It's often said that Roger Federer is one of, if not the, greatest tennis player of all time.
He has won more Grand Slam tournament single titles than any other men's singles player, he's won ATP Player of the Year five times, and was ranked among the top eight players in the world continuously for over 14 years from 2002 to 2016.
In 2012, an article was published by Bleacher Report titled: "10 Records Roger Federer Will Never Equal or Break."
It ran through a list of 10 achievements which, 7 years ago, it was largely unforeseeable that Federer would ever accomplish.
These records include; most year-end #1 rankings, most career singles titles, most single-season match wins, most tennis match wins, most titles won per season, most Grand Slam singles titles, most Grand Slam appearances, most match wins at Grand Slams played on grass, winning a career Golden Slam and finally, winning a calendar year Grand Slam.
- Novak Djokovic booed off at US Open
- Tennis player fined for offensive gesture to officials
- Check out our new GIVEMESPORT homepage
While at the time of writing the article, these records seemed unbeatable, the 38-year-old has already managed to break two of them.
The article argues that it would take until Wimbledon in 2014 to tie with Andre Agassi for second place in the most Grand Slam appearances, but that if he wanted to pass the number one at the time Fabrice Santoro, Federer would have to "remain fully active until the Australian Open in 2017 to reach Santoro - the 2017 French Open to pass him."
They admit that "Federer might do it because there is always that possibility," but they seemed relatively sure that he might suffer an injury or illness to keep him out of Grand Slam competitions in the future.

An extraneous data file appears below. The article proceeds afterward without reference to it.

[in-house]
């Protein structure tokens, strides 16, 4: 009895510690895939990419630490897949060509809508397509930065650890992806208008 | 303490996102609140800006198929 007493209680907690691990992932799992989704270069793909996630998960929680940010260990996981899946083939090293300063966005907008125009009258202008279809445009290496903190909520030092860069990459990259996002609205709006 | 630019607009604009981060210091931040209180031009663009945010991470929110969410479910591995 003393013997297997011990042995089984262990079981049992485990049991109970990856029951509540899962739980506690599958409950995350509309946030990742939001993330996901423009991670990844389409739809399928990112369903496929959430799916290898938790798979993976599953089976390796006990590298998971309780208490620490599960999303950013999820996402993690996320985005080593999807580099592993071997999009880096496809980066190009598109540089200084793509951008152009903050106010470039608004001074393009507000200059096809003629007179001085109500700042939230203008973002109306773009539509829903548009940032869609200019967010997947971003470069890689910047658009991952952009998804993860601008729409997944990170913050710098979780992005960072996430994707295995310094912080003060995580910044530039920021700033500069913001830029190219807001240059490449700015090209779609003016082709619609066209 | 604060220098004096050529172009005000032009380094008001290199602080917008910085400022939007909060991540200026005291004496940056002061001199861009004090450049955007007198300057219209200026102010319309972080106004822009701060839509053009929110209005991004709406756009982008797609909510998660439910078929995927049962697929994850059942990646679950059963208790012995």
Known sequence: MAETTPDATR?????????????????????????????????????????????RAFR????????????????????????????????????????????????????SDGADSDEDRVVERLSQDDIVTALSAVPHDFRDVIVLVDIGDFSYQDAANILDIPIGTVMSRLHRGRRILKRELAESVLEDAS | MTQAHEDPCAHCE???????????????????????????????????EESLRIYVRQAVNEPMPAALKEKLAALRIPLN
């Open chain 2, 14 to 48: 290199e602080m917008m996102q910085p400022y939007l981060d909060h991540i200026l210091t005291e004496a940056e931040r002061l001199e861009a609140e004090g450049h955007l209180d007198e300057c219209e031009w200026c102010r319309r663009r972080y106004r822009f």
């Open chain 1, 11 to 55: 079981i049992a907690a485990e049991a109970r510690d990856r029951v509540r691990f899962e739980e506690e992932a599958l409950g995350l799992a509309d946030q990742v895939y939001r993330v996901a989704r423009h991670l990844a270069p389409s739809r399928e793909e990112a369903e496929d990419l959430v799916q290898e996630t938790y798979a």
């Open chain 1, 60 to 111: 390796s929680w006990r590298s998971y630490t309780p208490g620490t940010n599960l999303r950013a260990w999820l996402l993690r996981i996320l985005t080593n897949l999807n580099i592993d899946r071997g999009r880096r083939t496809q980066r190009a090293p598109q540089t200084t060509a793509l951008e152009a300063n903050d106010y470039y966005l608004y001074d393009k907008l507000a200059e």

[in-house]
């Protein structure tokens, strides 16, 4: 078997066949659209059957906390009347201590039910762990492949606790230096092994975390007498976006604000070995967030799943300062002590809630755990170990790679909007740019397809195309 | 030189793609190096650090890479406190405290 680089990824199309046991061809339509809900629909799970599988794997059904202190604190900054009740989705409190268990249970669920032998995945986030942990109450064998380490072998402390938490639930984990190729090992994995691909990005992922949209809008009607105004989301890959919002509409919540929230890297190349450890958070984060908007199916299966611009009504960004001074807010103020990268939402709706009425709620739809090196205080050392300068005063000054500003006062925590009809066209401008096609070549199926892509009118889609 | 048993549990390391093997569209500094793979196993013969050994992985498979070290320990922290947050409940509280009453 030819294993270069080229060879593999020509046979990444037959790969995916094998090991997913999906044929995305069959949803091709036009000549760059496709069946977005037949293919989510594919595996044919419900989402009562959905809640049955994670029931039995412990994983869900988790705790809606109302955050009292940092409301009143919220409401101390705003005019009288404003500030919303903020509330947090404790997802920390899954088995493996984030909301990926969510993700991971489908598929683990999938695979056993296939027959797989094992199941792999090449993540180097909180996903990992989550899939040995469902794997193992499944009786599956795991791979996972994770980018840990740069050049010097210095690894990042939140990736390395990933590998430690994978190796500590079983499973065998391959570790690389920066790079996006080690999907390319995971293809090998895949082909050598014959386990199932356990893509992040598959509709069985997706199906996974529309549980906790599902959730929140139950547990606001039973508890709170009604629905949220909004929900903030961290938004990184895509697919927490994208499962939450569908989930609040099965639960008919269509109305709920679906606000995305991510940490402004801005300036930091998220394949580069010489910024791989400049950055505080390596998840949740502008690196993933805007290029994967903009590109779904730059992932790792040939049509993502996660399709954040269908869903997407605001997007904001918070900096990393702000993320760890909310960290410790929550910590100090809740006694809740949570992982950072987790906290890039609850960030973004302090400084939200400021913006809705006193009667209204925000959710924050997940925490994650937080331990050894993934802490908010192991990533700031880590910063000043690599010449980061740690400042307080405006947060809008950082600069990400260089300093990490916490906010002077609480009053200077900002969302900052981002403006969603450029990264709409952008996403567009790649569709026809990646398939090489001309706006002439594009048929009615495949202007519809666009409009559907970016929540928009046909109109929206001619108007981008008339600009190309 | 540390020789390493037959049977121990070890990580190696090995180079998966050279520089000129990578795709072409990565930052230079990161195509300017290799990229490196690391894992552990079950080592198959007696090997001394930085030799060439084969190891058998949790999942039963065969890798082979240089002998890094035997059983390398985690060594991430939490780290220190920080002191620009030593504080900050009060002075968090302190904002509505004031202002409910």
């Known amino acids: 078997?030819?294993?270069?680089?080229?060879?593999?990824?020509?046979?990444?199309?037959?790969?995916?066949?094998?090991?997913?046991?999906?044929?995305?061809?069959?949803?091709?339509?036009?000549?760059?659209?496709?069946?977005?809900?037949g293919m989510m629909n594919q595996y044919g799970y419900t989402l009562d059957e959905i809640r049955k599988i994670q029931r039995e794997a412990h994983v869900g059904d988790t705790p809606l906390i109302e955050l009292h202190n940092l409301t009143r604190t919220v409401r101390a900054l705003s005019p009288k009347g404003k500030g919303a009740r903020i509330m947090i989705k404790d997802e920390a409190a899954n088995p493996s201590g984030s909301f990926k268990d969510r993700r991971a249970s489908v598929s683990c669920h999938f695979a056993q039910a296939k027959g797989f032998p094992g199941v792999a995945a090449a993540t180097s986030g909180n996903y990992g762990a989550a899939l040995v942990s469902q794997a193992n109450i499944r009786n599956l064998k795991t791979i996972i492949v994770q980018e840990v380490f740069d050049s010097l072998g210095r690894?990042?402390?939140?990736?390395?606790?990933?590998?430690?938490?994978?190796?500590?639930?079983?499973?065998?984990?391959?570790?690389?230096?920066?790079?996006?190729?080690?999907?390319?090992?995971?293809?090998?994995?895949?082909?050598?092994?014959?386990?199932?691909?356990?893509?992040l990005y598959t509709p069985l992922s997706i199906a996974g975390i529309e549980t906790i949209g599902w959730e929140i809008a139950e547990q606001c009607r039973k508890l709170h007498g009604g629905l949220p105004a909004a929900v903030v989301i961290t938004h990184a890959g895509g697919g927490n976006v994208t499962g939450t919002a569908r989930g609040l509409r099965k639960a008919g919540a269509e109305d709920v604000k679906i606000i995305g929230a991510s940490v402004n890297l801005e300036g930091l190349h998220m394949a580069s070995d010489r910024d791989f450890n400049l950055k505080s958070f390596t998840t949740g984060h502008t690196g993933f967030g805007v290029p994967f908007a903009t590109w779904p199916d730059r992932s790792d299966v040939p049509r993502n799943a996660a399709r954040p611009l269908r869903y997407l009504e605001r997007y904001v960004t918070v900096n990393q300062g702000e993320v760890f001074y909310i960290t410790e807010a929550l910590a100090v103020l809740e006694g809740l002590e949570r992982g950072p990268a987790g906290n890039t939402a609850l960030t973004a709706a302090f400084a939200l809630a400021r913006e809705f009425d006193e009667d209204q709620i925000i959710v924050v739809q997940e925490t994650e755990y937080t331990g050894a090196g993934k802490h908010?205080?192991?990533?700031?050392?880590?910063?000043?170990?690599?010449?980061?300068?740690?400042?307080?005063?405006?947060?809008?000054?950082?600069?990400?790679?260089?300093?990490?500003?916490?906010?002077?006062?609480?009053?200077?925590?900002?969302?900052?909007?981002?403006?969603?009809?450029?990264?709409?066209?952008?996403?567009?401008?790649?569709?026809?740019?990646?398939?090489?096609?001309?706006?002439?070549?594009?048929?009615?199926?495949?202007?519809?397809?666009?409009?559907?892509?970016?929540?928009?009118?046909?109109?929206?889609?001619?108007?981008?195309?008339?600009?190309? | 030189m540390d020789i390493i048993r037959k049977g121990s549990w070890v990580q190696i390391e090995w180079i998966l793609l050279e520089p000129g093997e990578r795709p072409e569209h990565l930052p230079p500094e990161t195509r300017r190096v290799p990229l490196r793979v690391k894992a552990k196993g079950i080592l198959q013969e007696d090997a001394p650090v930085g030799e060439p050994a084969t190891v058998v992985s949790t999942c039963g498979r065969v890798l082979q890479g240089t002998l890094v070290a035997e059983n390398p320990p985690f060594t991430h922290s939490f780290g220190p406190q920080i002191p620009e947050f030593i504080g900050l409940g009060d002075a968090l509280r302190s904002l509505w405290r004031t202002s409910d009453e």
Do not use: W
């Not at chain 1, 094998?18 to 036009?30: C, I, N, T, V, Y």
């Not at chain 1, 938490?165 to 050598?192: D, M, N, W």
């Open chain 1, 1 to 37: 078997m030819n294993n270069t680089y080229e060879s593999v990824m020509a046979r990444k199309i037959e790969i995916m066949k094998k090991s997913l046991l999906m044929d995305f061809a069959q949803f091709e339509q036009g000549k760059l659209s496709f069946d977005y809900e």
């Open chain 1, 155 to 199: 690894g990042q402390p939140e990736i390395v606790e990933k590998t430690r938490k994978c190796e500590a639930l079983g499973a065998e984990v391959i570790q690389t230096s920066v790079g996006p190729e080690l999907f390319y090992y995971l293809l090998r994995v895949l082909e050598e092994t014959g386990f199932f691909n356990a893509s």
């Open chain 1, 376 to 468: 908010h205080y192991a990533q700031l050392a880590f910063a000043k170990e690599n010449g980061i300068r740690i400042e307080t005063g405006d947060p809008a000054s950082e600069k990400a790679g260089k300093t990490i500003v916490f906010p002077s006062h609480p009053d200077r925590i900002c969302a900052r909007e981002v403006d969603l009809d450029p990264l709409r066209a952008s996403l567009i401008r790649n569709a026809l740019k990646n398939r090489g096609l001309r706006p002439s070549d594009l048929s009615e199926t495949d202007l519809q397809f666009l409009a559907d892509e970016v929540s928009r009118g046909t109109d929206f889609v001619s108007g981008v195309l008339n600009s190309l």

Despite both a knee and back injury in 2016, Federer now holds the record for the most Grand Slam appearances, featuring in an incredible 78 Grand Slam singles matches, eight more than former number one Santoro.
The second record to be broken by Federer on this list is the most match wins at Grand Slams played on grass.
At the time, Jimmy Connors held the record, having won 106 Grand Slam matches on grass, with Boris Becker in second place at 77. Federer was tied with John McEnroe at third place, with 66 major match wins on grass.
According to the article: "It would take Federer another six years winning titles at Wimbledon to surpass Connors.
"Federer would be 37 years old.
"Chances are rare that Federer will ever break Connors' stranglehold on this record."
Yet, here we are today, with Federer aged 38 and making it to the final of Wimbledon, putting on a very impressive performance throughout the tournament.
Federer went above and beyond all expectations and now holds the record for the most wins at Grand Slams played on grass.
In the words of the original article, "time will tell." Indeed it has.
Earlier this year, Federer revealed that he has no plans to retire anytime soon, so who knows how many more of these 'unbreakable' records he might break?News Now - Sport News